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July 23, 2017

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House of bamboo

BAMBOO is getting attention these days as a versatile and sustainable material for housewares, so the timing is good for a Metropolitan Museum of Art exhibit that explores Japan’s ancient craft of basketry.

“Japanese Bamboo Art: The Abbey Collection” is devoted to masterworks, including a half dozen works by two artists designated as Living National Treasures in Japan. To highlight the works’ virtuosity and context, they have been displayed alongside paintings, ceramics, bronzes, kimonos and other pieces from different genres.

The exhibit also explores other traditional Japanese arts that are entwined with bamboo basketry, such as ikebana flower arranging and tea ceremony. Bamboo is so central to Japanese culture that the Japanese and Chinese character for bamboo is part of over a thousand other characters, including those for many items made of bamboo, such as flutes, writing brushes, boxes and baskets.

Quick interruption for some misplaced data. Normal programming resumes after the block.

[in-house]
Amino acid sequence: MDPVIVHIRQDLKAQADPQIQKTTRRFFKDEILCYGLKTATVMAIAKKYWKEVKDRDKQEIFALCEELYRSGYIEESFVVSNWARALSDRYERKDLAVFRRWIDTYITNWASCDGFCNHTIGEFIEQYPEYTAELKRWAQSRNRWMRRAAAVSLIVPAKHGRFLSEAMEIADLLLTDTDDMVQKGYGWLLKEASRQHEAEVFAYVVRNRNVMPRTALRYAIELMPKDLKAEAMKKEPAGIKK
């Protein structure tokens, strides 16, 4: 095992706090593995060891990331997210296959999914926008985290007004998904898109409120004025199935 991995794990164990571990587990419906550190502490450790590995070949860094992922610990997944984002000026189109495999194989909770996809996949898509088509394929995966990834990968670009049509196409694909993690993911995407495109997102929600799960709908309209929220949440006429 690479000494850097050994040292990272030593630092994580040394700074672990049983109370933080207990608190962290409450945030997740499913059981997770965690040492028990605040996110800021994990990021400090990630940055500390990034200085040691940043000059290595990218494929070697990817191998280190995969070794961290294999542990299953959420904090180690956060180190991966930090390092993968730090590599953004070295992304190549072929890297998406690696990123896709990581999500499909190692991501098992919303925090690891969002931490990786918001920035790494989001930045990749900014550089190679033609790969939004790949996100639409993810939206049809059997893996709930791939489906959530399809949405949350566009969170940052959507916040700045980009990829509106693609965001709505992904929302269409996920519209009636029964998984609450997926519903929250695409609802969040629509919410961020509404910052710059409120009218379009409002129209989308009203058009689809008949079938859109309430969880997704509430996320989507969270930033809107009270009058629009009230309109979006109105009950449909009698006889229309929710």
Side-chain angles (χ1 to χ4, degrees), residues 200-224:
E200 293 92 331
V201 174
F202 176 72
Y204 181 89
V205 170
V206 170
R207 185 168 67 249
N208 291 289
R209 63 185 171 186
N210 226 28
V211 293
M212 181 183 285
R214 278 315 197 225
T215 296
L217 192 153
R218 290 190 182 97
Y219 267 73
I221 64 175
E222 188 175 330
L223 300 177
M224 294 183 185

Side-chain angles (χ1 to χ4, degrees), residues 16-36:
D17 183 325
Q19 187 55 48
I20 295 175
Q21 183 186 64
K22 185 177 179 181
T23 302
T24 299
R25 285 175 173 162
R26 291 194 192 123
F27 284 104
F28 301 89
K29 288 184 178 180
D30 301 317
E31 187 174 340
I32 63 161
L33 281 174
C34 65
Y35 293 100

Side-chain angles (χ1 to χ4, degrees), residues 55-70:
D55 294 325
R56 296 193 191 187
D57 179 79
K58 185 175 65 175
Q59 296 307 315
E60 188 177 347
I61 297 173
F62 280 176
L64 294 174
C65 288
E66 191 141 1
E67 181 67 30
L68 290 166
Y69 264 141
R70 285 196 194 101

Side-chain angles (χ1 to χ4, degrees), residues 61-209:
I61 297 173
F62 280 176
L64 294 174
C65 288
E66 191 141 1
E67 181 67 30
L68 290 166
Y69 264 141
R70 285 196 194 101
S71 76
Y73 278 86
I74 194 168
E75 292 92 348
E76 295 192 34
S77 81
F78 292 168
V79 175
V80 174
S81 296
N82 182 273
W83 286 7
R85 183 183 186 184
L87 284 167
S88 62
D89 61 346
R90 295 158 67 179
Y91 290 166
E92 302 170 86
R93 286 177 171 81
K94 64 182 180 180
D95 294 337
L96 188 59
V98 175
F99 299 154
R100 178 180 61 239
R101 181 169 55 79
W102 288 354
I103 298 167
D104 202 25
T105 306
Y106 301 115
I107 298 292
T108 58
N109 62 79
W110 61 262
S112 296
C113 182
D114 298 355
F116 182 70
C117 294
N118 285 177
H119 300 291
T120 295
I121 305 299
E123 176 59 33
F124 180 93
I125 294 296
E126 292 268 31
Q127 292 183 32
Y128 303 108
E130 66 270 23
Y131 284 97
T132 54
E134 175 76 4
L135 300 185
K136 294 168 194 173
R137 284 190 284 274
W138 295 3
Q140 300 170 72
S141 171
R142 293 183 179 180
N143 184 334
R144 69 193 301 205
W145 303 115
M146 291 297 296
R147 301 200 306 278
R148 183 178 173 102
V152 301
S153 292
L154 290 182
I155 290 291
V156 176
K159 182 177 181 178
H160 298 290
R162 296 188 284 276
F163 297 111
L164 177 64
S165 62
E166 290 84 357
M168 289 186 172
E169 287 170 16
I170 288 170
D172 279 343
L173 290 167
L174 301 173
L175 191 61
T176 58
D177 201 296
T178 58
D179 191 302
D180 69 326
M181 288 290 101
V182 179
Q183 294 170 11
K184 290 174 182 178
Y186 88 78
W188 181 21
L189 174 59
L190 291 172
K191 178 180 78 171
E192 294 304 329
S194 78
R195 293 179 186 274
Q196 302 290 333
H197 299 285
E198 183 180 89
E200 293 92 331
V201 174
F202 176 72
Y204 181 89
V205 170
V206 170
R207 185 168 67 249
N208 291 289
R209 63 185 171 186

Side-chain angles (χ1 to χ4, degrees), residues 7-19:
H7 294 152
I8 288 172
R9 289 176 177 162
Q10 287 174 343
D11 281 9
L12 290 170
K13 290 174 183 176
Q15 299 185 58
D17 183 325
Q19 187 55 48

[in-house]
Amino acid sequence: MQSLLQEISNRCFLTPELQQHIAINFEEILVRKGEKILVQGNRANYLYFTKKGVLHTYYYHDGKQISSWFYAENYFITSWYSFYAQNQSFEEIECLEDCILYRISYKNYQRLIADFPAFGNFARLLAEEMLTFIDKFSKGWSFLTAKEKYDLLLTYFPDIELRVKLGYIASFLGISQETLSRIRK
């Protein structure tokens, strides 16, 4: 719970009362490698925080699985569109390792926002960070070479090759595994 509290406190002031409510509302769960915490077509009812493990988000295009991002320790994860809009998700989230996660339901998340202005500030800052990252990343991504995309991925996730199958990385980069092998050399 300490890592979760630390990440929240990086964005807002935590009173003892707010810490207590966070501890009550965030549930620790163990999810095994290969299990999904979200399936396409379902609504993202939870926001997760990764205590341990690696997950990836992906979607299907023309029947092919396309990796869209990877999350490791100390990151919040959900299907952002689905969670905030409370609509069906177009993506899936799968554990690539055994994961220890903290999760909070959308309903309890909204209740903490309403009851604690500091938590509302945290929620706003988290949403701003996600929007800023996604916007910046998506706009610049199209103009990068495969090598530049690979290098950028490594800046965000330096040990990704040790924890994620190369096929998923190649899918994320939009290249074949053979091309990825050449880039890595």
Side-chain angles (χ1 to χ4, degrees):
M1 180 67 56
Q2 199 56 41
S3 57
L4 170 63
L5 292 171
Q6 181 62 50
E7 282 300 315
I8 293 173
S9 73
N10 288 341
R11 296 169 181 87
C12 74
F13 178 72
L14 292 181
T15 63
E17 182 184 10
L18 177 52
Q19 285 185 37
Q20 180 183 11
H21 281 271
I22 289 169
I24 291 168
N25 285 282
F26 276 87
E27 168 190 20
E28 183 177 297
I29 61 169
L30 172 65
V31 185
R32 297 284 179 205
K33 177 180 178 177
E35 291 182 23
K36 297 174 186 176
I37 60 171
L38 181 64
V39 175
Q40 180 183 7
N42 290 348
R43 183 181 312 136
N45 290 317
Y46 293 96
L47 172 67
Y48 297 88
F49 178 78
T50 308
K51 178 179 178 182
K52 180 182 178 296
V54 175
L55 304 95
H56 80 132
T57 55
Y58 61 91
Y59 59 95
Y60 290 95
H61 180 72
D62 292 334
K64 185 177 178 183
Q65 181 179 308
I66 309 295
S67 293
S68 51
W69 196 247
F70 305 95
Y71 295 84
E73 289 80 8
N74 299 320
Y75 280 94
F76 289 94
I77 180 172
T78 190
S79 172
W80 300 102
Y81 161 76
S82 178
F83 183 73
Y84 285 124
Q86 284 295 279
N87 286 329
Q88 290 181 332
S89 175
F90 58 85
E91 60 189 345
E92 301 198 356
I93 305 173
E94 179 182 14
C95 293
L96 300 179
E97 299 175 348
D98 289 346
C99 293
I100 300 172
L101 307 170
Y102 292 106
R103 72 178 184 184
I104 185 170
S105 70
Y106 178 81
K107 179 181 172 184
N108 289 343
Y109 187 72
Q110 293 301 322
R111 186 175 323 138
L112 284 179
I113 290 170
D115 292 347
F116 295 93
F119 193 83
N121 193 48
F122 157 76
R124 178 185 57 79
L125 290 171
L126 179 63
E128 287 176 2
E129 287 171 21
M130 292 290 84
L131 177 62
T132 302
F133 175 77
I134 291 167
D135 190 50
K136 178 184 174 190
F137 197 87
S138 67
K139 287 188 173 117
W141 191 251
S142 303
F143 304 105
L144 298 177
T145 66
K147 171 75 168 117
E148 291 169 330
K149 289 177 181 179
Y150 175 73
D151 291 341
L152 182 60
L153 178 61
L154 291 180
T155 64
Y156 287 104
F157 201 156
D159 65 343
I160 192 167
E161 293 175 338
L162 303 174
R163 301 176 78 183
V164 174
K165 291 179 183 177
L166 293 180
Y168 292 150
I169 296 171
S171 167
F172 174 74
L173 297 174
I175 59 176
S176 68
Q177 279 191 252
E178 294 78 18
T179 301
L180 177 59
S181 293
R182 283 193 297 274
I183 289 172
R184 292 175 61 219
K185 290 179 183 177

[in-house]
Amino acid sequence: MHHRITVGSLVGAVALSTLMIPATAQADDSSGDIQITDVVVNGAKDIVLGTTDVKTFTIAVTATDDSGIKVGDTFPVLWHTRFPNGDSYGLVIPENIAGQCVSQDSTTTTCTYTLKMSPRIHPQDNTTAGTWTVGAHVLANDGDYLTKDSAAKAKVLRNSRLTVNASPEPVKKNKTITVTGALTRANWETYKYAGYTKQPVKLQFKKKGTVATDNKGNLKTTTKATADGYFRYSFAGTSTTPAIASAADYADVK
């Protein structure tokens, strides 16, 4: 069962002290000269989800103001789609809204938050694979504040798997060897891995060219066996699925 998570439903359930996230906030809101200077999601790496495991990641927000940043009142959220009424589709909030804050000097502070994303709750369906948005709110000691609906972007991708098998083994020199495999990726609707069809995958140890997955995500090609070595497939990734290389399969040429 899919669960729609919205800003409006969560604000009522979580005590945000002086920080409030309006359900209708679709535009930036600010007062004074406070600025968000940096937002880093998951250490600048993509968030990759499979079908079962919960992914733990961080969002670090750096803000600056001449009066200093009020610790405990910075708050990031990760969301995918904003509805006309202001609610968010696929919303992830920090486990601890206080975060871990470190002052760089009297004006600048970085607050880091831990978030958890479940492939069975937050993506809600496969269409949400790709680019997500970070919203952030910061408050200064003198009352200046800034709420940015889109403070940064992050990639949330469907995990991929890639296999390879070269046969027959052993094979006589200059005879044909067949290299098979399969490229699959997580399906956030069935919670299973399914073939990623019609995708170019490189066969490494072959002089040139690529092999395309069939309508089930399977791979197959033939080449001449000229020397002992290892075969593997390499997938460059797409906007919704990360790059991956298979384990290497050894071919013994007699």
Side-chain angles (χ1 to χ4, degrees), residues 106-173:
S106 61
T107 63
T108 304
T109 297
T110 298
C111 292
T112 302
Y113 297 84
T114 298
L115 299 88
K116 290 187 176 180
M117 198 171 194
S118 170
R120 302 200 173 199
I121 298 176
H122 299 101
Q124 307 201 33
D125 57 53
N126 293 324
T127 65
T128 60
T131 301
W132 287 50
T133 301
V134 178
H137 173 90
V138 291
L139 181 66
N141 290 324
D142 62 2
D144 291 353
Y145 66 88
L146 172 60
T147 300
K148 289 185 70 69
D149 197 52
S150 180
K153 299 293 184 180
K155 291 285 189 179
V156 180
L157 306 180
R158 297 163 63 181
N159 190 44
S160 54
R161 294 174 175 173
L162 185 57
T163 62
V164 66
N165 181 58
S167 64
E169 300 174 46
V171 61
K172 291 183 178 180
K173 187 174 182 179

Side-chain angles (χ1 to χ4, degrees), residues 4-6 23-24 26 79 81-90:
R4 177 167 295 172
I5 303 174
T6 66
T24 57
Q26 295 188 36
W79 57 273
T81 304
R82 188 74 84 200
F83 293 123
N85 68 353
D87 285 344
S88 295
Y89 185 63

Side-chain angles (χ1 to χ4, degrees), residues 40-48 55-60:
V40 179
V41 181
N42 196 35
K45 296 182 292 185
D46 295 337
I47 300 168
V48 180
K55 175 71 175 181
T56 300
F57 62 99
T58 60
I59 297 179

The Met’s show, organized by Monika Bincsik, assistant curator in the department of Asian art, tells the story of bamboo through almost 100 works dating from the late 19th century to the present. It focuses on the refined beauty and technical complexity of Japanese basketry. The exhibit will run through to February 4, 2018.

Although the oldest Japanese baskets date to the AD 700s and were mainly used as offering trays and holders for lotus petals, there was little focus on Japanese bamboo art in the Western world until relatively recently, Bincsik said. Most of the works in this show are taken from the Diane and Arthur Abbey Collection, and most have never before been shown to the public. More than 70 of the works exhibited were promised as gifts to the Met.

The show opens with a dramatically curvaceous floor-to-ceiling sculpture by master craftsman Tanabe Chikuunsay IV. With its voluptuous shape, the site-specific piece is woven out of rare tiger bamboo, which is mottled with dark spots.

The exhibit will not travel beyond New York, but is accompanied by a slim but detailed publication, “Japanese Bamboo Art: The Abbey Collection,” with text by Bincsik and photos.


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